Royal Ascot 2019 Hardwicke Stakes Preview
The Hardwicke Stakes (15:40 22nd June) is a Group 2 Race run over 1 mile 3 furlongs and 211 yards on the final day of the Royal Ascot Meeting. It was established in 1879 and is often used as a stepping-stone to the King George and Queen Elizabeth Stakes run at Ascot in July. Horses that have won both these high-profile races include Doyen and Harbinger.
Check out our 10-year-trends, runner-by-runner guide and free tip for the 2019 Hardwicke Stakes.
Hardwicke Stakes 10-Year-Trends
The last 10 winners of the Hardwicke Stakes have all been aged four, with all winners drawn in between stall-two and stall-nine. All the winners in the last decade had a prep race between 22 and 49 days earlier. Seven of the winners won their prep race, whilst two finished second and the other finished sixth.
Sir Michael Stoute is the race’s top trainer with six winners in the last nine years, whilst Aidan O’Brien has trained two winners in the last eight years. Ryan Moore has ridden five of the last nine winners, four for Stoute and one for O’Brien. Winners were returned at odds ranging between 4/6 and 12/1.
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Hardwicke Stakes Runner-By-Runner Guide 2019
This Mark Johnston trained four-year-old heads the nine entries for the 2019 Hardwicke Stakes. He looked good when beating Defoe two starts ago, but that re-opposing rival turned that form around by nine-lengths last time. Communique has also failed to win a handicap and a Group 3 on his previous two runs at Ascot and hasn’t won any of his three starts with Franny Norton in the saddle.
Hit and miss five-year-old that is now the second highest-rated horse in the field after beating two higher-rated horses in the Coronation Cup at Epsom on his last start. However, it’s hard to know whether he’ll repeat that performance here at Ascot, where he’s never run before. His trainer’s horses have also been running averagely so far at the meeting.
The 2018 Derby winner hasn’t been seen since winning the biggest race of all, but that absence means he doesn’t have to carry a Group 1 penalty. 385 days off the track still makes winning this race a tough ask for him, although this does not look the strongest Hardwicke Stakes ever run.
Five-year-old trained by Sir Michael Stoute, but he hasn’t achieved the same level of form of many of his trainer’s previous winners. He’s been beaten on all three of his runs at Ascot, including at the last two Royal Ascot Meetings.
The oldest horse in this year’s field at the age of six, but he seems to still be improving, aided by soft ground and a step up to 12-furlongs or further on his last few starts. However, after a seriously impressive win in the mud at Chester two starts ago, he flopped badly in the Coronation Cup on faster ground. He probably needs the heavens to open, having been beaten at last year’s Royal Ascot.
Five-year-old French-trained runner who has won a Listed Race but has so far come up short in group races. He’s also rated 16lb inferior to the top-rated horse and it’s difficult to make a case for him.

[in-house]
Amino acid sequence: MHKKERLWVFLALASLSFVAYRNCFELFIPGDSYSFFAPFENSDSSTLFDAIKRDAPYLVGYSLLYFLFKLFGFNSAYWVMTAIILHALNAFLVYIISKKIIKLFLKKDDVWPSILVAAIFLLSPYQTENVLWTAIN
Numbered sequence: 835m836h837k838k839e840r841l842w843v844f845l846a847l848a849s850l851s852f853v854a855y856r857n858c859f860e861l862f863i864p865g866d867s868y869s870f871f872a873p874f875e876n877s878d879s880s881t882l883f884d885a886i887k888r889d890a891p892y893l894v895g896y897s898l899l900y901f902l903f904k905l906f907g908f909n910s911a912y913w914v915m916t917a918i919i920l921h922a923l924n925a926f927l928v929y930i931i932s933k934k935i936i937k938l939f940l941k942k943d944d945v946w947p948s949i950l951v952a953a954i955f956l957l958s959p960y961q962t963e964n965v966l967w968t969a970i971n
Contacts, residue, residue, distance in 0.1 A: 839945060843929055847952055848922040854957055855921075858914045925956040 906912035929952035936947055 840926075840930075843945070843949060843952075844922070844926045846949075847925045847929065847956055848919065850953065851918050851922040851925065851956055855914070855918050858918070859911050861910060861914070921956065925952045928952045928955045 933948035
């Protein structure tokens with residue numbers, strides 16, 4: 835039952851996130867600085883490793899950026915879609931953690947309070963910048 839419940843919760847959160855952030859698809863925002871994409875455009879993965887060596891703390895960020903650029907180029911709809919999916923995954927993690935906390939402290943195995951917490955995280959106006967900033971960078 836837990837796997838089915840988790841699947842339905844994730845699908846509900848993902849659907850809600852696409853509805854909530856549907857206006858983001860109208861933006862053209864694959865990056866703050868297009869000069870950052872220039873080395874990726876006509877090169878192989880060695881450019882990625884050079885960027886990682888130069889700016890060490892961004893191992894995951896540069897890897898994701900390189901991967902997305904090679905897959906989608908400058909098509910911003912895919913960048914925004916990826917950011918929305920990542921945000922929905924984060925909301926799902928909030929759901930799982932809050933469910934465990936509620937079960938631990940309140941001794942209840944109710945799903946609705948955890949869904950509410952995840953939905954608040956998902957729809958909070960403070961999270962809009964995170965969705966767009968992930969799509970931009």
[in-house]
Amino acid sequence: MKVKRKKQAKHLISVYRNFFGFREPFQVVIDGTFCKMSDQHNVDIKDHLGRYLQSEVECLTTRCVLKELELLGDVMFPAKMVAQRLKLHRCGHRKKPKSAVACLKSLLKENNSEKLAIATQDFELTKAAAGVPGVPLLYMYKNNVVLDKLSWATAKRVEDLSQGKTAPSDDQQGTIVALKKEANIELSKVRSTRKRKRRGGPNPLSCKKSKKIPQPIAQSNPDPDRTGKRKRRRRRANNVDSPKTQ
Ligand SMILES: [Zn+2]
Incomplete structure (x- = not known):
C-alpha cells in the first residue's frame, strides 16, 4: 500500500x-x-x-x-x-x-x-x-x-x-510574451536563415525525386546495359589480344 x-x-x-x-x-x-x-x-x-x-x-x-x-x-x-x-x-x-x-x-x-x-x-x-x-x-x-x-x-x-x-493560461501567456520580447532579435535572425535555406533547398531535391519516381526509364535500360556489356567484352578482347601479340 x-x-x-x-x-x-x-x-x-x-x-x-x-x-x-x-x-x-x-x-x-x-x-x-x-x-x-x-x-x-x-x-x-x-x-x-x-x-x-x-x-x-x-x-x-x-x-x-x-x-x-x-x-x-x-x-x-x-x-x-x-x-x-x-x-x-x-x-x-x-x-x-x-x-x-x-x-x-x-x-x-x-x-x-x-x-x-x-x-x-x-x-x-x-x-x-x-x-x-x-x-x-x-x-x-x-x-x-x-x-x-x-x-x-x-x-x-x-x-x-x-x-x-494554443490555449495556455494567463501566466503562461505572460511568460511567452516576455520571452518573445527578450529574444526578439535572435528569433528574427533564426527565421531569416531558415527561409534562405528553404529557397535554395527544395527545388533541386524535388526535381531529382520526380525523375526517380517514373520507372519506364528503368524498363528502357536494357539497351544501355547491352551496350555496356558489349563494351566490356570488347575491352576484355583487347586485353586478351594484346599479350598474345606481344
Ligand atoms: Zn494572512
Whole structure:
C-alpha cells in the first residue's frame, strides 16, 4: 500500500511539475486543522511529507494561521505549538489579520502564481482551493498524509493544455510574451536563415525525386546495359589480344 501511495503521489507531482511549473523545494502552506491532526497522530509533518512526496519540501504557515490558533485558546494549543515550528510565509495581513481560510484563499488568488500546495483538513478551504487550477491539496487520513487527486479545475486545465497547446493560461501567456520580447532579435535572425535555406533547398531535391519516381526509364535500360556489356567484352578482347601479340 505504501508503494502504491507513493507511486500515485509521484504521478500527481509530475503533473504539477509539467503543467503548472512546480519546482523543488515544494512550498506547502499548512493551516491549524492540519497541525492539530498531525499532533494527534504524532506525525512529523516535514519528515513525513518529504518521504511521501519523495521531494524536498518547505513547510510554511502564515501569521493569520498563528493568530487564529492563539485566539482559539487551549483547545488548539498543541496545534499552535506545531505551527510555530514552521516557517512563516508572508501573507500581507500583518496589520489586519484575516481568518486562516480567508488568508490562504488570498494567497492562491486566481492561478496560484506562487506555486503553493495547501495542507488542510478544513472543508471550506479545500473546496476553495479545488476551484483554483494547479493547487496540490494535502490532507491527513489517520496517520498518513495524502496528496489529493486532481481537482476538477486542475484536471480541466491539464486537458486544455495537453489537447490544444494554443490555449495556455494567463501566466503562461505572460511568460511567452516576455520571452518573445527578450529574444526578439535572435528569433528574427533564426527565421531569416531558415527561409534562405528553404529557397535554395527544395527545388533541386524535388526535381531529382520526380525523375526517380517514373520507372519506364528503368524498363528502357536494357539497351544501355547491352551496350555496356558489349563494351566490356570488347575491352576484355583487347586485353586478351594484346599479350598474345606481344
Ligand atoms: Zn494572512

Has run two decent races to finish second and third in the last two Coronation Cups at Epsom, but the gut feeling is he tends to find at least one horse that stays this trip more strongly than he does. That looked the case when he finished fourth over course and distance in last year’s King George, but he still has an each-way chance.
Aidan O’Brien has trained this four-year-old like he’s always considered him a stayer, but he’s been noted travelling well at today’s distance when outstayed over 14-furlongs on his last two starts. Ryan Moore has got him within a length of winning on both occasions he’s ridden him, and he could go close today if he’s improved from his last run behind Stradivarius.
Lah Ti Dar
Interesting four-year-old filly, whose win on this year’s seasonal debut was boosted when the winner finished second in a Group 2 this week. She was also the 11/4 favourite for the Coronation Stakes (winner Defoe 11/1), when she didn’t seem to like Epsom, but is now a much bigger price than Defoe. The form of her one previous run at Ascot also looks decent, as she finished just behind Magical who was second in this week’s Prince of Wales’s Stakes, and Coronet who won at Royal Ascot in 2017 and was third in the 2018 King George.
Hardwicke Stakes 2019 Summary
There are several five and six-year-olds that have a chance on their best form, but Salouen may lack the required stamina. That shouldn’t be an issue for Morando, but he may need softer ground. Despite being trained by Sir Michael Stoute, the form of Mirage Dancer doesn’t look good enough, whilst Defoe hasn’t run here before and his stable looks a little out of form.
Four-year-olds have won the last 11 editions of the Hardwicke Stakes, but Communique might not be good enough. The jury is also out on Southern France, who hasn’t proved up to this class so far and he may have been flattered by his proximity to Stradivarius last time.
If there’s money for Masar, it could be that last year’s Derby winner is back to his best after being absent from the track for over a year, but no recent winner has defied such an absence. That’s why I’m willing to take a chance on Lah Ti Dar, who would be a much shorter price if she hadn’t blotted her copybook at Epson last time. I’m happy to forgive any horse a bad run at that quirky track, and her form at Ascot looks good enough to win this, especially as Frankie Dettori is riding brilliantly this week.
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Lah Ti Dar (Each-Way) @ 7.00 Boylesports, Marathon[/su_service]
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